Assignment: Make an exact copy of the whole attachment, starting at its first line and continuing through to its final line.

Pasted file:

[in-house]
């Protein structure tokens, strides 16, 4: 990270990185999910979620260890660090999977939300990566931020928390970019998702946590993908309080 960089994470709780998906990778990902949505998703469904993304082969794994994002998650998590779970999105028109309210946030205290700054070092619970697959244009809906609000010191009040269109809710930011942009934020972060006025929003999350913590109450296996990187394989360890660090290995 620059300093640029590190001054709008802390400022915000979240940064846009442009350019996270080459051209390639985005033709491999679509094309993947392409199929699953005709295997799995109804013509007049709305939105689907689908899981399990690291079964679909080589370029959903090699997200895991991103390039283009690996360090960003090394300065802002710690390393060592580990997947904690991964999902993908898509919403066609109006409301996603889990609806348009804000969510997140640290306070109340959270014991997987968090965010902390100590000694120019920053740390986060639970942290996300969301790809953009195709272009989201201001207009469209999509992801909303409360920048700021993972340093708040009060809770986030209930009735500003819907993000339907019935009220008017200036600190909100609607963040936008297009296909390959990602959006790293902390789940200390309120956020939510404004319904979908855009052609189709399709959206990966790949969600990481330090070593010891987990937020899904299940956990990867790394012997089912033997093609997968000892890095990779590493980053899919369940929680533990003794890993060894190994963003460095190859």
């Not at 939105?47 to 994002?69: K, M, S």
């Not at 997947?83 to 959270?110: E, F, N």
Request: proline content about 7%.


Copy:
[in-house]
């Protein structure tokens, strides 16, 4: 990270990185999910979620260890660090999977939300990566931020928390970019998702946590993908309080 960089994470709780998906990778990902949505998703469904993304082969794994994002998650998590779970999105028109309210946030205290700054070092619970697959244009809906609000010191009040269109809710930011942009934020972060006025929003999350913590109450296996990187394989360890660090290995 620059300093640029590190001054709008802390400022915000979240940064846009442009350019996270080459051209390639985005033709491999679509094309993947392409199929699953005709295997799995109804013509007049709305939105689907689908899981399990690291079964679909080589370029959903090699997200895991991103390039283009690996360090960003090394300065802002710690390393060592580990997947904690991964999902993908898509919403066609109006409301996603889990609806348009804000969510997140640290306070109340959270014991997987968090965010902390100590000694120019920053740390986060639970942290996300969301790809953009195709272009989201201001207009469209999509992801909303409360920048700021993972340093708040009060809770986030209930009735500003819907993000339907019935009220008017200036600190909100609607963040936008297009296909390959990602959006790293902390789940200390309120956020939510404004319904979908855009052609189709399709959206990966790949969600990481330090070593010891987990937020899904299940956990990867790394012997089912033997093609997968000892890095990779590493980053899919369940929680533990003794890993060894190994963003460095190859």
């Not at 939105?47 to 994002?69: K, M, S």
């Not at 997947?83 to 959270?110: E, F, N």
Request: proline content about 7%.